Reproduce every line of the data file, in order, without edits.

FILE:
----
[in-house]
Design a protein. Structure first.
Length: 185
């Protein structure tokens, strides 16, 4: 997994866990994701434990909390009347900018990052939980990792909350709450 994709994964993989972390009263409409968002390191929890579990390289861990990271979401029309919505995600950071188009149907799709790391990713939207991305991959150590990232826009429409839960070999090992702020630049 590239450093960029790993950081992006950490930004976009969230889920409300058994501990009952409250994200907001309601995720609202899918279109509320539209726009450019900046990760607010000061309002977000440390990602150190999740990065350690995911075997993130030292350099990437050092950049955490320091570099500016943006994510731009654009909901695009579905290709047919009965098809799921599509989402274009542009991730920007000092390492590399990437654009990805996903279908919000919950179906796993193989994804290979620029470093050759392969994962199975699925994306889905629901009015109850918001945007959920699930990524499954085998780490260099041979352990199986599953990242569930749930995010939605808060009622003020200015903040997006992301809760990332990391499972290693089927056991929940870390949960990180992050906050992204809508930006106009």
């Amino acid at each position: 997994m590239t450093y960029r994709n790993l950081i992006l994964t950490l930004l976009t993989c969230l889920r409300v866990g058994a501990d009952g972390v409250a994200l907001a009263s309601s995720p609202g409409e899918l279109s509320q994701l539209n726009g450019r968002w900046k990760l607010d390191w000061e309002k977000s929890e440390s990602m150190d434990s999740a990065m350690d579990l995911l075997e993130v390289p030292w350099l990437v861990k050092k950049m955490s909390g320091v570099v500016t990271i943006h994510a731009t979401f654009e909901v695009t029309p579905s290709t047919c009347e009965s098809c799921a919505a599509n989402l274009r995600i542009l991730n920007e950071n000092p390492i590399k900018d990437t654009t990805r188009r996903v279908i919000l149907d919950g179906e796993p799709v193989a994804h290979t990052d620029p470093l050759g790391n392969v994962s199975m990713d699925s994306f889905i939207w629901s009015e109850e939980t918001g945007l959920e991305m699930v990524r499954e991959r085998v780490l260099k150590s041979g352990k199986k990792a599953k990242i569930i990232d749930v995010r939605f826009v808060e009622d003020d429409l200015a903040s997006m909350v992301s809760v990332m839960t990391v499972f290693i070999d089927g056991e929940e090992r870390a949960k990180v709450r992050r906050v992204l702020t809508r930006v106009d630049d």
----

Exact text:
[in-house]
Design a protein. Structure first.
Length: 185
């Protein structure tokens, strides 16, 4: 997994866990994701434990909390009347900018990052939980990792909350709450 994709994964993989972390009263409409968002390191929890579990390289861990990271979401029309919505995600950071188009149907799709790391990713939207991305991959150590990232826009429409839960070999090992702020630049 590239450093960029790993950081992006950490930004976009969230889920409300058994501990009952409250994200907001309601995720609202899918279109509320539209726009450019900046990760607010000061309002977000440390990602150190999740990065350690995911075997993130030292350099990437050092950049955490320091570099500016943006994510731009654009909901695009579905290709047919009965098809799921599509989402274009542009991730920007000092390492590399990437654009990805996903279908919000919950179906796993193989994804290979620029470093050759392969994962199975699925994306889905629901009015109850918001945007959920699930990524499954085998780490260099041979352990199986599953990242569930749930995010939605808060009622003020200015903040997006992301809760990332990391499972290693089927056991929940870390949960990180992050906050992204809508930006106009």
């Amino acid at each position: 997994m590239t450093y960029r994709n790993l950081i992006l994964t950490l930004l976009t993989c969230l889920r409300v866990g058994a501990d009952g972390v409250a994200l907001a009263s309601s995720p609202g409409e899918l279109s509320q994701l539209n726009g450019r968002w900046k990760l607010d390191w000061e309002k977000s929890e440390s990602m150190d434990s999740a990065m350690d579990l995911l075997e993130v390289p030292w350099l990437v861990k050092k950049m955490s909390g320091v570099v500016t990271i943006h994510a731009t979401f654009e909901v695009t029309p579905s290709t047919c009347e009965s098809c799921a919505a599509n989402l274009r995600i542009l991730n920007e950071n000092p390492i590399k900018d990437t654009t990805r188009r996903v279908i919000l149907d919950g179906e796993p799709v193989a994804h290979t990052d620029p470093l050759g790391n392969v994962s199975m990713d699925s994306f889905i939207w629901s009015e109850e939980t918001g945007l959920e991305m699930v990524r499954e991959r085998v780490l260099k150590s041979g352990k199986k990792a599953k990242i569930i990232d749930v995010r939605f826009v808060e009622d003020d429409l200015a903040s997006m909350v992301s809760v990332m839960t990391v499972f290693i070999d089927g056991e929940e090992r870390a949960k990180v709450r992050r906050v992204l702020t809508r930006v106009d630049d």